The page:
What If the Hawaii Missile Attack Had Been Real? Here’s What It Would Have Looked Like
By Daisy Luther
Last weekend, residents of Hawaii were terrified when they were abruptly awakened by a message on their phones and televisions warning them that a missile was inbound and that they should seek shelter immediately. For 38 long minutes, residents were certain that they were about to die. Few were prepared.
For some, the panic was so intense that they were shoving their children into storm drains, screaming, and crying. One man suffered a massive heart attack. (Here’s how to prepare a shelter to go to in the event of a real missile warning.)
But what if the warning had been real?
Defense One is a website that analyzes U.S. defense and national security issues. In a recent article, they delved into what the damage would have really looked like if a missile struck Honolulu, the most likely target in Hawaii.
Defense One’s sources predicted that the warhead would be bigger than the bombs dropped on Hiroshima and Nagasaki. They plugged this information into NukeMap and got some horrifying results.
According to the calculations, 158,460 people would perish immediately. 173,810 people would be immediately injured, (This does not include later injury from the fallout.)
The radius of the fireball would be about .3 miles. The radiation radius would be 1.2 miles and the thermal radiation (which can cause 3rd degree burns) could extend nearly 4 miles.
The analysis suggests that the firestorm after the blast could be as destructive as the blast itself.
“The mountains will reflect the blast back onto the target. Most homes in Honolulu are wood-frame construction, so there is a significant chance of a firestorm following the blast which was what really devastated Hiroshima, much more so than the blast.” (source)
The aftermath would also be devastating.
The radioactive fallout would be present for several weeks, which means people would need to remain sheltered for that length of time to protect themselves. The other issue is that local food and water supplies would be contaminated. Due to Hawaii’s geographic isolation, this could be a major concern.
But there is some good news.
The danger would wane after six to eight weeks for most food and slightly longer for milk. (Fallout can contaminate large areas of grazing pasture and then concentrate in the milk of the cows that ingest it.) (source)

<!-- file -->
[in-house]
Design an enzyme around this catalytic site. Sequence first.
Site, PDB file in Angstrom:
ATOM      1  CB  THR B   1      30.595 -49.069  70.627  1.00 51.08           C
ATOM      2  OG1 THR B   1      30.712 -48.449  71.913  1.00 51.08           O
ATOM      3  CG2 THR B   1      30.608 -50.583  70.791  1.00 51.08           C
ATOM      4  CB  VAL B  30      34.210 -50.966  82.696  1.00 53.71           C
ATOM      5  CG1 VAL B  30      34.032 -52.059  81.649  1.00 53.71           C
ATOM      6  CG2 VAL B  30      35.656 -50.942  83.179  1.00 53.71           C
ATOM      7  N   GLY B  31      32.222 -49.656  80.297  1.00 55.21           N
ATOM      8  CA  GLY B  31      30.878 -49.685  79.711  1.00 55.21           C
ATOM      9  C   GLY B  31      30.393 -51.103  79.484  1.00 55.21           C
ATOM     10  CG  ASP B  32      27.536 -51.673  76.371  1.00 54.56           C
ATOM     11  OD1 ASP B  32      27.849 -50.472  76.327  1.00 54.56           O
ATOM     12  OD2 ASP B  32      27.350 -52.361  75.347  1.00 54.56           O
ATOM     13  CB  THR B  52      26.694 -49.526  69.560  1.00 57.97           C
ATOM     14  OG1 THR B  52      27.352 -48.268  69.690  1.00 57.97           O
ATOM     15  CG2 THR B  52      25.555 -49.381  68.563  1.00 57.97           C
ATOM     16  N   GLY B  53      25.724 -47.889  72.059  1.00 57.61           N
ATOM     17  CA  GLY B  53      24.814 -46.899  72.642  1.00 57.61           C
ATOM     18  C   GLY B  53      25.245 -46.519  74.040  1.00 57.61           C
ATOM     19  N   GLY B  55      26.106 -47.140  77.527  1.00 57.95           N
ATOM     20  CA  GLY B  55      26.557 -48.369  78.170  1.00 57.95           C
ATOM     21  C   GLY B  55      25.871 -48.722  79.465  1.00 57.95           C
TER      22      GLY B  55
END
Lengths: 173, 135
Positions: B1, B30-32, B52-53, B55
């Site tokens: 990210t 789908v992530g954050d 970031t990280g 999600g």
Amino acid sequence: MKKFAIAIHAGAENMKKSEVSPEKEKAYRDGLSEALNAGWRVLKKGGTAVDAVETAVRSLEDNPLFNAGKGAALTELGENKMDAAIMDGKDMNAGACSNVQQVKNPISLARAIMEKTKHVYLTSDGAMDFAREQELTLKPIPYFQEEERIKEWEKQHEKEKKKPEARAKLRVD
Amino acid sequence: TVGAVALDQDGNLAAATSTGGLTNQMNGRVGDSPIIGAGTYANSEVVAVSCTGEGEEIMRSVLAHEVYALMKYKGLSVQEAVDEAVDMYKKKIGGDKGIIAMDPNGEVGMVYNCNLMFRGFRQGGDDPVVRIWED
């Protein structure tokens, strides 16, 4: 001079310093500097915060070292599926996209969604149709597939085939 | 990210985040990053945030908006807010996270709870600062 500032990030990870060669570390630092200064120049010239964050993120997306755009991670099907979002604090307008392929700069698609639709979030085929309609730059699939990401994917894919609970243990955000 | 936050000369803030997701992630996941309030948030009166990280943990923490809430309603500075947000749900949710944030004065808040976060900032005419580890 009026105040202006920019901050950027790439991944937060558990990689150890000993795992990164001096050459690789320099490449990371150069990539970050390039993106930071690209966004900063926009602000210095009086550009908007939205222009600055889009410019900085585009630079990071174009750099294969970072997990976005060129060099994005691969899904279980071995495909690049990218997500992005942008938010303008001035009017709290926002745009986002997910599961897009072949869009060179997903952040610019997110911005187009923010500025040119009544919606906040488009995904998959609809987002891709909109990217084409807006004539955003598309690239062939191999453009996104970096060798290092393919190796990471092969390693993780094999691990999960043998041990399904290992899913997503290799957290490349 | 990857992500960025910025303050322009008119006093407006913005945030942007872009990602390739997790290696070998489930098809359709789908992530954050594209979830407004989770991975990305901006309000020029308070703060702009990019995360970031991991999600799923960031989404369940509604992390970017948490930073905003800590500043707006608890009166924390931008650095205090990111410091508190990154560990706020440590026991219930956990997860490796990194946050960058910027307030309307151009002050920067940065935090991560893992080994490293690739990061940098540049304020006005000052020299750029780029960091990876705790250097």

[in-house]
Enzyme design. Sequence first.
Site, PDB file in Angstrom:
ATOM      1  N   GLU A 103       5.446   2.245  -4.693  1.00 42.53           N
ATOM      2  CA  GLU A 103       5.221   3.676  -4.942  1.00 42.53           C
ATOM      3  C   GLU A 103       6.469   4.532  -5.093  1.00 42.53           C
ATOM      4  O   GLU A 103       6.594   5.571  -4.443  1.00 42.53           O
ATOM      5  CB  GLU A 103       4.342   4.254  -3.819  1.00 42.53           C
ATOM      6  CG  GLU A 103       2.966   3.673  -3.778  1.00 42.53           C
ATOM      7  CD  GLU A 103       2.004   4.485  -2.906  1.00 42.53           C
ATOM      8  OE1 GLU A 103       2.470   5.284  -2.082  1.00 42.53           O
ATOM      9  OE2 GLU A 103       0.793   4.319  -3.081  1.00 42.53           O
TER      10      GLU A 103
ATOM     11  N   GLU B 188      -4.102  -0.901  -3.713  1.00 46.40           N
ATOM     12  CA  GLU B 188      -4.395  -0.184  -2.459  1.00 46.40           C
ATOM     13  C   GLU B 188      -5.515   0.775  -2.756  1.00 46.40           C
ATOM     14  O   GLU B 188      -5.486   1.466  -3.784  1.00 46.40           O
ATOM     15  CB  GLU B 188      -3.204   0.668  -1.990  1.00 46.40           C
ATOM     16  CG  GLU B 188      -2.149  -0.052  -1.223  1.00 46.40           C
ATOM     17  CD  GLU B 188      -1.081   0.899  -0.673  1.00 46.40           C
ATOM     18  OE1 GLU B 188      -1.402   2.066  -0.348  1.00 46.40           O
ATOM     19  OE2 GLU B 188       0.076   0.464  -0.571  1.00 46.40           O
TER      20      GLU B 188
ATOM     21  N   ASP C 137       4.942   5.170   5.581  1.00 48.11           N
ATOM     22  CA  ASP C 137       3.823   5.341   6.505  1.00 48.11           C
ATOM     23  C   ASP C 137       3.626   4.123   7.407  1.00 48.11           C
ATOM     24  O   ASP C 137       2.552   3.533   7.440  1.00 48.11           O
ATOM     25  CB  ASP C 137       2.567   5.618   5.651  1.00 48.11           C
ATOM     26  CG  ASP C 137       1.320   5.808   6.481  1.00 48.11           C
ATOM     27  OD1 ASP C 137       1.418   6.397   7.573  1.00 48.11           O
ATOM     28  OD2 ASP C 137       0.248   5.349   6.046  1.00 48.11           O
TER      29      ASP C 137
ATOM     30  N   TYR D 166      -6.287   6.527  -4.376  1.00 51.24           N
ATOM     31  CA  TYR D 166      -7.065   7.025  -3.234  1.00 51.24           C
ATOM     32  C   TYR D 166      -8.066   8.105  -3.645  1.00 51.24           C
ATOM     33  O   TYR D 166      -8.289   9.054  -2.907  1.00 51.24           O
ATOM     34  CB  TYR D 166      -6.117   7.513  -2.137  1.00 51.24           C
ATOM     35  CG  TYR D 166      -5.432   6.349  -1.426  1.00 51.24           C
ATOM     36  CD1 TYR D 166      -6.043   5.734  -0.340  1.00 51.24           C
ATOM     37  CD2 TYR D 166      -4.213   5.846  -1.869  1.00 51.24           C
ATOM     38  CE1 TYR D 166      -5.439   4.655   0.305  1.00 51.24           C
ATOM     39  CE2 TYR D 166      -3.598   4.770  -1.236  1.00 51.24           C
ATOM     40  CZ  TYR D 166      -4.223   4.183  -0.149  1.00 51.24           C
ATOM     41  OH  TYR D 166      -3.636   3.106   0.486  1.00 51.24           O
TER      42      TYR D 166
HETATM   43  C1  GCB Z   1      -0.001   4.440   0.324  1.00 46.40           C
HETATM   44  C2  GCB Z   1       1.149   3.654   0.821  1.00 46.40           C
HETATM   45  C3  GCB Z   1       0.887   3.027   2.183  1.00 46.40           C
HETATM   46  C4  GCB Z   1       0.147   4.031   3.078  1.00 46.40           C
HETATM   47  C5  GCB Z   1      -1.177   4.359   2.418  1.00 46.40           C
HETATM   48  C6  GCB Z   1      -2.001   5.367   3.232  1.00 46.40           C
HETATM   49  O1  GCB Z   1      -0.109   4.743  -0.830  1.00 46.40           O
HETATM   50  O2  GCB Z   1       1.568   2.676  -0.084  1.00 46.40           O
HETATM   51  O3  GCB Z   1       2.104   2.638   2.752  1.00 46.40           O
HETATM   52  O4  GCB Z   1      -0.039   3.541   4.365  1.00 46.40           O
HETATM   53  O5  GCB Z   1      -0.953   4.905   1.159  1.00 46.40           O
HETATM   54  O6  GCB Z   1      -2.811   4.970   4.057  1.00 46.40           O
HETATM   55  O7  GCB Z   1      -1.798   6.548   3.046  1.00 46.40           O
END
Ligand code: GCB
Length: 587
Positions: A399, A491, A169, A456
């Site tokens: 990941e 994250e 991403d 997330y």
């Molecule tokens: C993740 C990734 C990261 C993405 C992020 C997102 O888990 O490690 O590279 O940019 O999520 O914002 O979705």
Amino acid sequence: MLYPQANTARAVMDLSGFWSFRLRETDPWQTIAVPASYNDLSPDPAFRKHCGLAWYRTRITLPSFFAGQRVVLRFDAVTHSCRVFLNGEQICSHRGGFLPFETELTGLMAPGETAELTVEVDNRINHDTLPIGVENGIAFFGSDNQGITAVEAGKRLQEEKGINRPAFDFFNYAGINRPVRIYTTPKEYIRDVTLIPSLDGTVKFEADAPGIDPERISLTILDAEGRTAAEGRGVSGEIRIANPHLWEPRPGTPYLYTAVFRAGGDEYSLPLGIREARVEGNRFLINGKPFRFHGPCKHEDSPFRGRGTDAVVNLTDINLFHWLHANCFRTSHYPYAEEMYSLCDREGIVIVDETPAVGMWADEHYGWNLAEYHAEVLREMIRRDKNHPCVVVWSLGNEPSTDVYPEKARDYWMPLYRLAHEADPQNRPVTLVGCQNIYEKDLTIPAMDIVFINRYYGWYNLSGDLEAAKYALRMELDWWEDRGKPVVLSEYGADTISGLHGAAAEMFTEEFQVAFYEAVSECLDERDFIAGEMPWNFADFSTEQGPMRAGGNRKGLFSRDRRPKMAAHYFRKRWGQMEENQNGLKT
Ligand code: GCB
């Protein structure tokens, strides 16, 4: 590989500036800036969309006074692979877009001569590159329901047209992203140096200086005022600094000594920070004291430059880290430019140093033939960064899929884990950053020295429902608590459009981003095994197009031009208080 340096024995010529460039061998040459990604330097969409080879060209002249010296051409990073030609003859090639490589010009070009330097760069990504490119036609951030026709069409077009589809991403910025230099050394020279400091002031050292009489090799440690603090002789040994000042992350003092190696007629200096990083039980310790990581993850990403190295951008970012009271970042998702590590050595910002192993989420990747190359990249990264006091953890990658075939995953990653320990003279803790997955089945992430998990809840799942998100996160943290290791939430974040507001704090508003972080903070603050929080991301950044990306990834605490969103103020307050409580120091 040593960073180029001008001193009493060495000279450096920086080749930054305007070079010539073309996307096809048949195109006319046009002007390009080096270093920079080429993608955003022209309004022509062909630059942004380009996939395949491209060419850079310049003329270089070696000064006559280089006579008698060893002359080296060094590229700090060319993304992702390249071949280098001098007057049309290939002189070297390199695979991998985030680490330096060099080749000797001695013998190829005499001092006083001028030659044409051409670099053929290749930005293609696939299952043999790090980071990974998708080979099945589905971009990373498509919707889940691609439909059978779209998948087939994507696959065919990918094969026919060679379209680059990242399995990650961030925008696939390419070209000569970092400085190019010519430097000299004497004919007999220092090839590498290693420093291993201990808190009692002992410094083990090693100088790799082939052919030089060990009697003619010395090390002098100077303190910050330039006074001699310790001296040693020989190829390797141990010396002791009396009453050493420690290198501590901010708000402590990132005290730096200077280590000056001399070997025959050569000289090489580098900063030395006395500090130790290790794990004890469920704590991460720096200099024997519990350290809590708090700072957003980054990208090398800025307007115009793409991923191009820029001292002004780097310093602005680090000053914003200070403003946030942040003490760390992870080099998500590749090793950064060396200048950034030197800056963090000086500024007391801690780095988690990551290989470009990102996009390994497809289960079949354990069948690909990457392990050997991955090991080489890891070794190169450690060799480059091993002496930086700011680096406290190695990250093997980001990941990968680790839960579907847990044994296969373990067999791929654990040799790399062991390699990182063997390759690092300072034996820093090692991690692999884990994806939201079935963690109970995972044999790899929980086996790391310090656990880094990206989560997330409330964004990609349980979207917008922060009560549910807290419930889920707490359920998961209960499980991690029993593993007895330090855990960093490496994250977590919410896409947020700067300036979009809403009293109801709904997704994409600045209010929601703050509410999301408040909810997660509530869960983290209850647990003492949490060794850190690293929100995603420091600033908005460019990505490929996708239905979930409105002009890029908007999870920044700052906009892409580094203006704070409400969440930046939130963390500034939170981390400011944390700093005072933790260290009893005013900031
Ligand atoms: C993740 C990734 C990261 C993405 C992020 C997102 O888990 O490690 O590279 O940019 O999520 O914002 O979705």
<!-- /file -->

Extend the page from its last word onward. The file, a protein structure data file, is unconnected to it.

The scenario above is based on the assumption that the nuclear missile will be detonated in the air. If it instead detonates at the surface, the fallout would be much, much worse. Experts are divided in their opinions of which kind of strike is more likely.
It would be difficult to get aid to Hawaii.
Due to the geographic isolation, it would be several days before aid was able to get to the islands.
“Not only will people be sheltering in place, it will be nearly impossible to get rescue workers in there for a couple of days. That’s a huge problem. First responders all have survey meters to check the dosage as they go in, and if it’s above a certain level, they just don’t go any further.” (source)
As well, if all the food and water was contaminated, assistance would not be immediately available. Logistics mean that the cost and time to get supplies there would make rescue efforts even more difficult.
You should be prepared.
If you’re at Ground Zero, there is little chance of survival. Further out, however, there is a very good possibility of survival if you know what to do ahead of time.
- Why (And How) EVERYONE Should Make a Survival Shelter Plan (+ Printable Checklist)
- Here’s How to Prepare for a Nuclear Attack
- How to Use Potassium Iodide After a Nuclear Emergency
About the Author
Daisy Luther is a coffee-swigging, gun-toting blogger who writes about current events, preparedness, frugality, voluntaryism, and the pursuit of liberty on her website, The Organic Prepper. She is widely republished across alternative media and she curates all the most important news links on her aggregate site, PreppersDailyNews.com. Daisy is the best-selling author of 4 books and lives in the mountains of Virginia with her two daughters and an ever-growing menagerie. You can find her on Facebook, Pinterest, and Twitter.